As even more bee species are joining the endangered species list, researchers are trying to figure out a solution to the problem. One of their proposed measures? Using pollinating drones. But could they actually help?
The number of bee species on the endangered species list has been growing. Presently, arout 30 percent of all the species are considered to be under threat. The matter is even more serious than it would appear initially. According to estimates, about a third of all the world’s crops need help with pollination.
As such, researchers have started looking for solutions. A first move is to try and save, preserve, and increase the number of bees. Another solution? The introduction of an alternative pollination method. More exactly, of pollinating drones.
All these methods have common purposes. They are trying to protect bees and the crucial pollinators. But they are also trying to protect the world’s crops. Many crops, from fruits and vegetables to coffee and chocolate require help in this process.
As such, a team of Japanese researchers has been looking for an outside the box solution. Which led them to develop pollinating drones. They designed a small drone which should be capable of carrying out such a process. According to the researchers, an army of such drones could potentially help the natural one.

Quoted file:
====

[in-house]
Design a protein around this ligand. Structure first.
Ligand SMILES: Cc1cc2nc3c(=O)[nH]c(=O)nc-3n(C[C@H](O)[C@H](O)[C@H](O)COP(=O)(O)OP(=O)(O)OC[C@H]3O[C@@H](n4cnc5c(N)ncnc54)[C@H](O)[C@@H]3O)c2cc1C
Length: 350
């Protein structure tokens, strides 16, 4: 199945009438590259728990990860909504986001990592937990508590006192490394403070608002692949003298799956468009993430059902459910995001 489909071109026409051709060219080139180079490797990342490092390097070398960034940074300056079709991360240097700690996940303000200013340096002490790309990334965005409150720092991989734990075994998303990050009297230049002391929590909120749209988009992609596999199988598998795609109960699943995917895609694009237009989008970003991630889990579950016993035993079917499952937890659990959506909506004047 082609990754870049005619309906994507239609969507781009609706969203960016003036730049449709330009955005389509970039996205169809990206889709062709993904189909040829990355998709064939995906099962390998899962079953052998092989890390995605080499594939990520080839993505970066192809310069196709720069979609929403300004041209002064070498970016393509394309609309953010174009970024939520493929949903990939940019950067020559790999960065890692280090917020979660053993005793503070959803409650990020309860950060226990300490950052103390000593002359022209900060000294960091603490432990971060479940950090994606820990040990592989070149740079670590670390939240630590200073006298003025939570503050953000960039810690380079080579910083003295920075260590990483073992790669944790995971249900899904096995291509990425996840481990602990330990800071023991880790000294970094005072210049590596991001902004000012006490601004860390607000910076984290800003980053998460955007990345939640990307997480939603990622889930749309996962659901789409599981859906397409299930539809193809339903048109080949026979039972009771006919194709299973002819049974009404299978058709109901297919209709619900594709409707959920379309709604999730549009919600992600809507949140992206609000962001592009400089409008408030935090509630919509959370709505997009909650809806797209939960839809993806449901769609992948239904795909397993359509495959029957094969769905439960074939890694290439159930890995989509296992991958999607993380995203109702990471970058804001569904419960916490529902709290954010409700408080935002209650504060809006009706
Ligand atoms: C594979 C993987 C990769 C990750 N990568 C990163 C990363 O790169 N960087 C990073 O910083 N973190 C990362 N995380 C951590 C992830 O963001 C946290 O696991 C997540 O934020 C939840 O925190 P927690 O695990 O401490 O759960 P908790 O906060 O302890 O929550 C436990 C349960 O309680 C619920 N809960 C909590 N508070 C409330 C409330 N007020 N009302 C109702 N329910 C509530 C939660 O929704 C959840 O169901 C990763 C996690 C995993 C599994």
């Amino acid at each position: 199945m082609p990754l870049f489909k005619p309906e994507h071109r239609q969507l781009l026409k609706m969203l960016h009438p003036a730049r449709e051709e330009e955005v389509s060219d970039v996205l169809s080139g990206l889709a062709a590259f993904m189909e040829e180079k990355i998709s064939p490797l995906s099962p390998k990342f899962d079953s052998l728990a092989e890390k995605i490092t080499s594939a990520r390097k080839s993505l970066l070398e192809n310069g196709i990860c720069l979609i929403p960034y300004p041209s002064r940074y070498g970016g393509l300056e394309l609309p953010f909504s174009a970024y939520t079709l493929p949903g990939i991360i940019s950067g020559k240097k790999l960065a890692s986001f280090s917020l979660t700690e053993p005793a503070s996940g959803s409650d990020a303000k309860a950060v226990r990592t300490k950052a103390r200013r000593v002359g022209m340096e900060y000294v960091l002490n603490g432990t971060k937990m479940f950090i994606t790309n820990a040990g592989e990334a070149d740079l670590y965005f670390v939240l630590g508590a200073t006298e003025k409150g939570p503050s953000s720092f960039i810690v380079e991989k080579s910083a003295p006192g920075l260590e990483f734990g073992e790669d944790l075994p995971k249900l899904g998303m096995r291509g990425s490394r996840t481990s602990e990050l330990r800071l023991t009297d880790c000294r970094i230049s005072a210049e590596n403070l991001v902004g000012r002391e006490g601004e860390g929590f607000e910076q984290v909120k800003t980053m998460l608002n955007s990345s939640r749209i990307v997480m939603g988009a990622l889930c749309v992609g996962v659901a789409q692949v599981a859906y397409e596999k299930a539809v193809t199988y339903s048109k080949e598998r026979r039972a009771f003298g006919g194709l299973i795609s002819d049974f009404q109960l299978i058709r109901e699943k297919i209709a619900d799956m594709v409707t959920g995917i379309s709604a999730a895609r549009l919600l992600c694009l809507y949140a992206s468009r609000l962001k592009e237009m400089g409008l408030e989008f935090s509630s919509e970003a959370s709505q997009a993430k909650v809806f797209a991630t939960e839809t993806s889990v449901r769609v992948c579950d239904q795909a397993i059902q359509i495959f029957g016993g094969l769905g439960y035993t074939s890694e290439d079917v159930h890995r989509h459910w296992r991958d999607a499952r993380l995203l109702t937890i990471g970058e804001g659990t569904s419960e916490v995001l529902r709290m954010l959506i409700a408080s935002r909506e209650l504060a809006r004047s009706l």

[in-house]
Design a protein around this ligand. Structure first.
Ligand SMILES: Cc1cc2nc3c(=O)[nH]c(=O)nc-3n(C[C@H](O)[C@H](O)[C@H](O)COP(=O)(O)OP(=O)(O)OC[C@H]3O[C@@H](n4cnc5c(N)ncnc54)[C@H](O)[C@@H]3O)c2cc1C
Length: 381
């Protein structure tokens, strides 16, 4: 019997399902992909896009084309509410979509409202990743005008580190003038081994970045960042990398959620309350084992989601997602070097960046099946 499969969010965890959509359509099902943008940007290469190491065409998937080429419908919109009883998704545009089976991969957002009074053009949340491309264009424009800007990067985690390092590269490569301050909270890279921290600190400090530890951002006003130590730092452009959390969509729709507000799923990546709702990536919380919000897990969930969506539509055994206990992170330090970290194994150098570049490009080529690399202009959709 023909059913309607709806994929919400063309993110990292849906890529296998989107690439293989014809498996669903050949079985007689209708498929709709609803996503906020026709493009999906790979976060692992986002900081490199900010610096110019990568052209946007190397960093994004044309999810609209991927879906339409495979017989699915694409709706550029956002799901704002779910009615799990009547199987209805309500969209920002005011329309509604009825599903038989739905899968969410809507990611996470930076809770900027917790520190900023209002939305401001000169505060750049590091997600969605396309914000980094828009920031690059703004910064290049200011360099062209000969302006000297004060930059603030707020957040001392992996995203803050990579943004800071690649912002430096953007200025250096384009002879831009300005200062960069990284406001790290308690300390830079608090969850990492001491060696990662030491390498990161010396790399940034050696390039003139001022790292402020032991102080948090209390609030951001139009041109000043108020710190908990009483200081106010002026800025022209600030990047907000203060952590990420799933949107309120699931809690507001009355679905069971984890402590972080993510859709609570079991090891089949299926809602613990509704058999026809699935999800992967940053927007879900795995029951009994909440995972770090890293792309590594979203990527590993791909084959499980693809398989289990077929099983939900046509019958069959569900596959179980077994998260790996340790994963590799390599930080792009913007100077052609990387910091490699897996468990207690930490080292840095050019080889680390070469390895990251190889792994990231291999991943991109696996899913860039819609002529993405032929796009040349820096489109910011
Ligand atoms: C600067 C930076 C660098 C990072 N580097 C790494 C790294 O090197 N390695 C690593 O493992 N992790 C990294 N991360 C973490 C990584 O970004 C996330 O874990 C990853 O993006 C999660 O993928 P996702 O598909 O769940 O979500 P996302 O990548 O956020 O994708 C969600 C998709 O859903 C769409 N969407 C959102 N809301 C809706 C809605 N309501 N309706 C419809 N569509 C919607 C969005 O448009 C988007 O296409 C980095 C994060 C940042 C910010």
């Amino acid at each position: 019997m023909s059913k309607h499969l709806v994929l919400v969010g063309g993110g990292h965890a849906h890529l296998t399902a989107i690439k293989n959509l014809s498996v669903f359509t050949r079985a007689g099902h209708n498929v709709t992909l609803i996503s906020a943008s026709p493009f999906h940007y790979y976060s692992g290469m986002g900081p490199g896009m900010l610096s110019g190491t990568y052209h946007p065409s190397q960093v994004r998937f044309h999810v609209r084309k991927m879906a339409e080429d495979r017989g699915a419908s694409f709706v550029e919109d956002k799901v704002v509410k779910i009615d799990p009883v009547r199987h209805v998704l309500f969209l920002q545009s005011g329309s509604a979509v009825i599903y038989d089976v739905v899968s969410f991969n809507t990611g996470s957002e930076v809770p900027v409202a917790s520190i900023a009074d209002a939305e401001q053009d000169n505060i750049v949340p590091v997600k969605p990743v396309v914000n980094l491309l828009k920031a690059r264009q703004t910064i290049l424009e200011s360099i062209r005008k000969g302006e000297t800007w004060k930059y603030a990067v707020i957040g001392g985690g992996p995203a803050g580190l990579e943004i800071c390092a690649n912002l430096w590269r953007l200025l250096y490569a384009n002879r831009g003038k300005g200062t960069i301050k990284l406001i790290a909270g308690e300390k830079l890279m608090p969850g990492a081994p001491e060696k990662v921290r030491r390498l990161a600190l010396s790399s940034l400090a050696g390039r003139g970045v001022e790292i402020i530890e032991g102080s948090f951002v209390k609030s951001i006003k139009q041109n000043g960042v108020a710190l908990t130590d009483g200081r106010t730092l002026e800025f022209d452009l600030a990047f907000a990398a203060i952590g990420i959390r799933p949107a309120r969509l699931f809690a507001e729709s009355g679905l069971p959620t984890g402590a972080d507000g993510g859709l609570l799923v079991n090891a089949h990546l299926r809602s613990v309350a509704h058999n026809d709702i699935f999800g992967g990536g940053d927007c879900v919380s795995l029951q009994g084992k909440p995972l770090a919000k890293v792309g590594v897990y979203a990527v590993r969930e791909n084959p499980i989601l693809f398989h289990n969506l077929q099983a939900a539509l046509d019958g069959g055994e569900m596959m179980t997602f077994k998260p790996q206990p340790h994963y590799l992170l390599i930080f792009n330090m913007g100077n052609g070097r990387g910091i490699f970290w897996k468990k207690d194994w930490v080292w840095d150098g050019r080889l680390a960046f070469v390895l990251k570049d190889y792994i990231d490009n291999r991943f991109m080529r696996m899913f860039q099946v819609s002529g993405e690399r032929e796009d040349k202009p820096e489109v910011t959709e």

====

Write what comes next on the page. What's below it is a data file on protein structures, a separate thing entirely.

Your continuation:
Research on the matter was led by Eijiro Miyako. He is a Nanomaterials Research Institute in Japan Senior Researchers. Together with his team, he developed a new pollination method. Research results were released earlier this week.
They were published in the Chem journal. Available online since February 09th, the paper was titled as follows. “Materially Engineered Artificial Pollinators”.
The scientists created an ionic liquid gel. Reportedly, this can pick up pollen from a flower. Then, it could proceed to deposit it on another. Next, the scientists had to determine a proper brush-like pair of hairs.
Which led them to use affixed horsehairs. These were then coupled to a drone. The ionic gel was the last element to be added. The resulting pollinating drone was then put to the test.
Its target? Large, pink Japanese lilies flowers. They were used to determine if the pollinating drones could actually work. And the tests proved their efficiency.
Dr. Miyako himself revealed his surprise. And also his delight at the success of the new process. The research team confirmed the pollination through lab tests. They used fluorescent microscopy. This confirmed that the pollen tubes were indeed growing.
Still, this reported success is just a first initial step. Miyako and his team used the method on a small scale. Research would have to determine the following. They would have to transform these pollinating drones for a large-scale use. One that can be accessible and useful for farmers.
And research has yet to offer an answer on the matter. Scientists are wondering whether a fleet of robotic pollinators could actually be useful. Still, an answer is as yet unavailable.
Most scientists are still reserved on the matter. Transforming this one small drone to a mass-production method is not an easy process. And the costs may also be quite significant.
Biology reasons were also vehiculated. Researchers are unsure if these pollinating drones may not actually harm the plants.
Scientists will continue discussing the matter. Whilst some are quite excited about the process, others still have their doubts. And it still remains to be seen if the pollinating drones would actually be efficient on a large scale.
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